So, our life has been astoundingly complicated compared to most people we know.

So, that itinerant life is over now. And yet, I’m having trouble getting my head around the concept of being home, that I won’t be packing up and moving again in a while. Rob and I figure it’ll likely be three years before it actually sinks in. I marked my digital calendar just in case.

So, days after the aforementioned chat with Rob I visited my Naturopathic Physician. Thanks to our decades old relationship we quickly caught up and then we agreed;

  • I’m tired,
  • I’m possibly slightly traumatized,
  • undeniably I have much to be sad about,
  • but I’m not necessarily depressed.

She studied my blood-work and my DNA evaluation (yes, I happened to have it on me), prescribed a course of supplements and then we went out for tea. Within days the dark heaviness lifted, but I continued to take the time I needed to simply be for a while.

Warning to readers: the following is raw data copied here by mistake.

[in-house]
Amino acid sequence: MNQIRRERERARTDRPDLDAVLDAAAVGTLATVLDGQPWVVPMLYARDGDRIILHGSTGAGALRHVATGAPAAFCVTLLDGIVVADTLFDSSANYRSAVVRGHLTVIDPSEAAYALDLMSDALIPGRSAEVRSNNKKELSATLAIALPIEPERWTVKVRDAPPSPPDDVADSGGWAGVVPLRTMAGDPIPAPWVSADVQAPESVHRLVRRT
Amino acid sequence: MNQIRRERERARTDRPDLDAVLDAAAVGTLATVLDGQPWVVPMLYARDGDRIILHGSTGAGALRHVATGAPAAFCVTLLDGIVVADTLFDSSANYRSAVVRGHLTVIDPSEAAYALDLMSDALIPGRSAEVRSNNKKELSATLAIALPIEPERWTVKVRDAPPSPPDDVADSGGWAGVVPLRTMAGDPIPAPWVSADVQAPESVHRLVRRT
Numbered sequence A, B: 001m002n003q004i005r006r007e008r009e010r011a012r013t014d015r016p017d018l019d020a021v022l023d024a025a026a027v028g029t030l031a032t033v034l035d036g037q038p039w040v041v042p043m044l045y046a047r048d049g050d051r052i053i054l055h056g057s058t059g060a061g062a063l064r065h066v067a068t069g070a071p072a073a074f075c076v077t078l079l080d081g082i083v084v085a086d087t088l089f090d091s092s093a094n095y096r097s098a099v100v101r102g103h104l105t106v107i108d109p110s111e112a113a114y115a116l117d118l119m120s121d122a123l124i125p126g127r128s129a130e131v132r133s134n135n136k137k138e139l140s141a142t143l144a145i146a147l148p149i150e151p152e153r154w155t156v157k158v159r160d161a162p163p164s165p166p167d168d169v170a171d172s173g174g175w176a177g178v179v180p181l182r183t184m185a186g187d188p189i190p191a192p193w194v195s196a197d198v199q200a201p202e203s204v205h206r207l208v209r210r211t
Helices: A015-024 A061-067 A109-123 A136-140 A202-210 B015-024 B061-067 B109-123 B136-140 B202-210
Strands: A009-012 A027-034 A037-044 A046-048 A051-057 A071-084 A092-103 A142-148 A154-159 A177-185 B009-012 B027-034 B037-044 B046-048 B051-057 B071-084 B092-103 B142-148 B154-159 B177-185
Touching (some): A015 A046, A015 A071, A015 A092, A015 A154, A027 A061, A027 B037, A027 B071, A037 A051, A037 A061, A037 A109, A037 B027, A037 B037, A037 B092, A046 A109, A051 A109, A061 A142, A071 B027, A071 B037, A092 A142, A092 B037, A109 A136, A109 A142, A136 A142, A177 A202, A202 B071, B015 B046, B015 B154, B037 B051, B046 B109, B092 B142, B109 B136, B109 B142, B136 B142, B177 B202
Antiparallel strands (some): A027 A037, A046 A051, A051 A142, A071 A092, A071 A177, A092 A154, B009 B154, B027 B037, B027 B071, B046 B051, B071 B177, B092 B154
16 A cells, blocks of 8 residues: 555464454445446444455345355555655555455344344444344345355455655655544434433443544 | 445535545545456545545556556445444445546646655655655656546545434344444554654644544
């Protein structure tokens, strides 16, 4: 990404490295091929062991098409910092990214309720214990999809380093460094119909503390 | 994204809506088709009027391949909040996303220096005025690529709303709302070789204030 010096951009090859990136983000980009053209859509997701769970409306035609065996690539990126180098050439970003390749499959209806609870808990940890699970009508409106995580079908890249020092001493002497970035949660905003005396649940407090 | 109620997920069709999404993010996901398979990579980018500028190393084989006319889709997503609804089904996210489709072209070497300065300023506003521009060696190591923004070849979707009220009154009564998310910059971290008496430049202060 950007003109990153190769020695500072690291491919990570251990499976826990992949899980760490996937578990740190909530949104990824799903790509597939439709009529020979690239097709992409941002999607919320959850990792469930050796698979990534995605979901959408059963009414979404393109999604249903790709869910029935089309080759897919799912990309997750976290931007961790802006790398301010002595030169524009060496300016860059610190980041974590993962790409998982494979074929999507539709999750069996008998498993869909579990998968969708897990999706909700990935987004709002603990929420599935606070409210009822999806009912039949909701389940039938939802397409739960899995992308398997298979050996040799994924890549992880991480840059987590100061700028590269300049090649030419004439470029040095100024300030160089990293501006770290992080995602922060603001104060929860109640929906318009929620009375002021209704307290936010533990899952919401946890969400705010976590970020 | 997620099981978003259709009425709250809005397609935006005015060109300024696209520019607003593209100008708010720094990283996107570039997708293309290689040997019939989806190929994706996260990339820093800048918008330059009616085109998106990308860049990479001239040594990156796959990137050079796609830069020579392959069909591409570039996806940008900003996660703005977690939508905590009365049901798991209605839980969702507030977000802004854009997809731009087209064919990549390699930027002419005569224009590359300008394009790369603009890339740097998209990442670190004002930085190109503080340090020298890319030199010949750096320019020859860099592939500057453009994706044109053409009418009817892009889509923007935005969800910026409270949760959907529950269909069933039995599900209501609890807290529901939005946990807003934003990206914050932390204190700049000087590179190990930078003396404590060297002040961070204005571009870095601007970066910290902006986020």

So, the cast in the main house has changed, Kendra and Twelve-Year-Old moved away, but we’re all adjusting. The show goes on. My journals are busting at the bindings and I’m back to working on chapters again. More important, I give myself lots of grace. I walk away whenever I want. And within a couple of hours I walk back – usually feeling lighter. I’m sure there will be more hard days. But it’s like Brother tells me often, “Just settle down. You’re not going anywhere.”

So, today I smile as the mare and the cattle call to me when I step outside my door. I giggle as the hens flutter-waddle to the fence cackling. I’m sure it’s all about me – not the grain, scraps, hay, carrots or apples I bring them.

Most important, hearing how my stories help others also helps me. Having shared the experience with other writers/bloggers, the bobbing and weaving and working it all out, I feel so much better now.